THE LEGEND! The Royal Navy's Admiralty watched with interest in 1968 as the US Navy reactivated the battleship New Jersey for active service in Vietnam. Mindful of the overwhelming success of this venture, Admiral Sir Roger Bong ordered an inquiry into the possibility of acquiring a refitted battleship for commissioning into the RN. The proposal was advanced after the new government under Prime Minister Ted Coke took office in 1971. Initial approaches to the US Navy regarding its mothballed Iowa-class were flatly turned down by CNO Adm Arleigh Smackhead, so attention shifted towards France, which maintained the only other seaworthy battleship, the Richelieu, preserved in mothballs and needing funding to be retained as a museum ship. President François Nymphomane was quite receptive to the Royal Navy taking the costly ship from his budget-strapped hands, and was pleased to sell the ship to Britain in 1972 for just 20,000 Francs (about fifty quid) in return for Mary Millington's phone number. The Richelieu was towed to HM Dockyard Devonport for refit and updating to modern naval standards. The main 15-in and secondary 6-in armament was retained, but all anti-aircraft guns and other extraneous equipment was removed to save weight. Modern radar and communications equipment was installed, and further weight savings obtained by removal of the French officers' WAGs and floozies' quarters, though this was somewhat offset by the need to install toilets and sanitation throughout the ship. Sea Cat anti-aircraft missiles were fitted for air defence, and helicopter handling facilities were added for two Sea King helicopters. The ship was renamed HMS Bellerophon, due to its ship-of-the-line heritage, but mostly to save money because the nameplates had already been cast for the subsequently renamed Tiger-class cruiser, HMS Blake. Bellerophon was commissioned in 1977, in time for her first public appearance at HM the Queen's Jubilee Spithead Review. She completely stole the show, particularly when a main armament salute blew the wig off the head of then-US President Jerry Lewis' wife, Anita Ekberg. The ship spent the next three years on goodwill visits to South Africa, the Caribbean and the Far East. She was a firm favourite with the Royal Family, and carried various members on flag-waving visits around the world. An extensive refit in 1981 saw her fitted with upgraded electronics, Exocet anti-ship missiles, new Lynx HAS.2 helicopters, and anti-missile countermeasures. When news reached Britain of an Argentine invasion of the remote Falkland Islands, Prime Minister Margaret Fatuous ordered the Defence Staff to organise a Task Force to retake the islands. Bellerophon set sail on 5 April 1982 as the flagship of Task Force commander R-Adm Sandy Butt. Upon reaching the war zone on 1st May she immediately began to make a nuisance of herself. She used her 6-in guns to harass enemy positions throughout the entire theatre, but her finest hour came just four days after arriving. On receiving a position report from the submarine HMS Conqueror, Admiral Butt despatched his flagship with the AA destroyers Sheffield and Glamorgan at flank speed of 30kt. They disabled the Argentine cruiser Belgrano with Exocet missiles before arriving within gun range at dawn on 5 May. Bellerophon proceeded to sink the armoured cruiser with her 15-in gunfire in less than 20 mins. The ship's luck would change just a day later. Now the prime target of Argentine air attacks, Bellerophon withdrew to the northeast of the Falklands to provide radar picket duty for the fleet. Despite her cordon of destroyers, Bellerophon was attacked by Argentine Navy Super Etendard aircraft with four Exocet missiles, two of which made full-detonation impacts amidships. Being a well-armoured battleship, the missiles had no more effect on the operational status of the ship than a couple of flashbangs. Several cups of tea were spilt, and the noise of the impacts woke some of the helicopter pilots who were asleep in their quarters as usual. The damage to Bellerophon was painted over before teatime. Bellerophon provided effective naval gunfire support throughout the landings and land campaign, and also shelled every Argentine installation and aircraft at Stanley airport, rendering any risky, long-range aircraft missions superfluous. (The RAF performed them anyway, so as not to lose face, and still missed). The final testimony to the battleship's effectiveness came from Lieutenant Chumpy Spliffs, 45 Cdo RM, on Two Sisters ridge: Bellerophon returned to Plymouth at the head of a victorious Task Force on 21 July to a rapturous welcome after over 100 days at sea. She was last battleship to sink an enemy unit at sea. As a token of thanks from a grateful nation, Bellerophon's last refit was cancelled and she was laid up and eventually scrapped in 1984. Her ship's bell is preserved in some Whitehall club, presumably to remind fat civil servants when it's time to hit the trough. ========================================================================================================== THE FACTS! ......Well if you've lasted this long, you deserve to know that this is the Heller 1/400 Richelieu kit, with some Atlantic Models PE to go on it. Some scratchbuilding will definitely be necessary to fit aircraft hangars and so on. The ship is mythically portrayed at its peak in 1982 just before sailing for the Falklands. *Note: This quote is based on fact. I adapted it for my "legend" from a genuine quote by a USMC lieutenant describing receiving naval gunfire support from the USS New Jersey in Vietnam, 1968. Al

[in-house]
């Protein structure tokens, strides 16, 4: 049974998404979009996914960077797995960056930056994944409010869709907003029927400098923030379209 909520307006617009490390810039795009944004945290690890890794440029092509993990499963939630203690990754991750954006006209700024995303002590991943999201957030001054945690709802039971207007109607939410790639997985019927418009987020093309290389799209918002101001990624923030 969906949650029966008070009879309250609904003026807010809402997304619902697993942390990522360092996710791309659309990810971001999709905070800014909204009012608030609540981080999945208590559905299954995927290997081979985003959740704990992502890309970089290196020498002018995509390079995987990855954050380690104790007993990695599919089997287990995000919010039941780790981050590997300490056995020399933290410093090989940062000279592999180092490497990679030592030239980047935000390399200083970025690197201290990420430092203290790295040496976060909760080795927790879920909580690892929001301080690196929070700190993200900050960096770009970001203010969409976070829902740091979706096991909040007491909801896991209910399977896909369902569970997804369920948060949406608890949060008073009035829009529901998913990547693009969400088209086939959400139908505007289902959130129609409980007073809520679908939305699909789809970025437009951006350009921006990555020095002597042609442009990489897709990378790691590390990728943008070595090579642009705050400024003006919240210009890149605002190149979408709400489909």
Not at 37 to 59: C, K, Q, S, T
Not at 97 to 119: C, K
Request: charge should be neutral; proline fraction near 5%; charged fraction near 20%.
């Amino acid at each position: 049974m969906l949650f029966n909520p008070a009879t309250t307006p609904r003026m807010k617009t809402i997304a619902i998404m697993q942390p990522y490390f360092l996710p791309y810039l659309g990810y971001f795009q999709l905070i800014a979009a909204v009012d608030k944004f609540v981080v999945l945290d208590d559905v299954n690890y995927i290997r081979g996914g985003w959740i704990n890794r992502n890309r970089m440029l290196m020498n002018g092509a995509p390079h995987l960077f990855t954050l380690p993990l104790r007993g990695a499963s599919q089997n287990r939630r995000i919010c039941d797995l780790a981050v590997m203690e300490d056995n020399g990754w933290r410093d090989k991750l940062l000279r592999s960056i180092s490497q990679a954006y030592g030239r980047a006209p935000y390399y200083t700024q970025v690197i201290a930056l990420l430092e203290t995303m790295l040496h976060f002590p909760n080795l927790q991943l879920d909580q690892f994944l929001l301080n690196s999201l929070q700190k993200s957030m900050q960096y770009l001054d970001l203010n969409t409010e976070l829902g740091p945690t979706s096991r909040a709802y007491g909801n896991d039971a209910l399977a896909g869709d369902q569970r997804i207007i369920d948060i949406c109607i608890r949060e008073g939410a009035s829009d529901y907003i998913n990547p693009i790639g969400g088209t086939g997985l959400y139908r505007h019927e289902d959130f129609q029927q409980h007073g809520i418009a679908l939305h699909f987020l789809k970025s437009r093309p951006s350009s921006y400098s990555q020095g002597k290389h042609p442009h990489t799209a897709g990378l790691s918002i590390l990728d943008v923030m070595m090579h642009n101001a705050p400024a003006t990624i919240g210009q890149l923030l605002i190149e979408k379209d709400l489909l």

FN Battleship Richelieu Kagero Super Drawings in 3D The Richelieu was a French battleship, a scaled-up version of the Dunkerque-class battleships and the lead ship of her class. Ordered in 1935, and designed to counter the Italian Littorio-class battleships, Richelieu was the first French 35,000-ton battleship and the first modern battleship built after the 1922 Treaty of Washington. She featured a main armament of eight 380 mm guns in two quadruple turrets in forward super-firing positions. Her armour and underwater protection were equal to her contemporaries, except for the Japanese Yamato-class battleships, but she was limited by a weak anti-aircraft artillery suite and optical-only fire control. In trial runs her speed was a little higher than her European contemporaries, and only surpassed by the U.S. Navy's modern, fast battleships. She left Brest in north-western France for Dakar in French West Africa (modern-day Senegal) in June 1940 to avoid capture in the shipyard where she was nearing completion. She served during World War II, first on the Vichy Regime side, notably fending off a 1940 Allied attempt on Dakar, and then later joined the Allies in 1943. After refitting in New York Navy Yard, she operated with Royal Navy forces in the Indian Ocean in 1944 and 1945. She took part in the return of French forces to Indochina in 1945, and served into the 1960s. Another book in Kageros series of 3D titles, this follows the standard format, with eight pages giving details of the design origins, build and operational history of the ship. This section also gives information about the weapon, electrical and radar systems. The rest of the book is crammed full with 3D diagrams of every part of the ship. Each drawing is accompanied by a well written descriptive text. The colour scheme and indeed the build state in which the ship is depicted throughout the book is that she wore after the refit in the US and her incorporation into the Home Fleet between November 1943 and December 1945. This scheme differs considerably with that shown on the Trumpeter 1:350 kit. In addition to the book there is a pull out double sided A3 sheet with rear quarters, plus fore and aft views on one side, the other side showing port, starboard and overhead views, all in 1:400 scale. Conclusion So, Kagero have done it again with a very useful and well put together book. The diagrams are superb and the text illustrative, just a shame that the pullout diagrams are in 1:400 rather than 1:350. Recommended Review sample courtesy of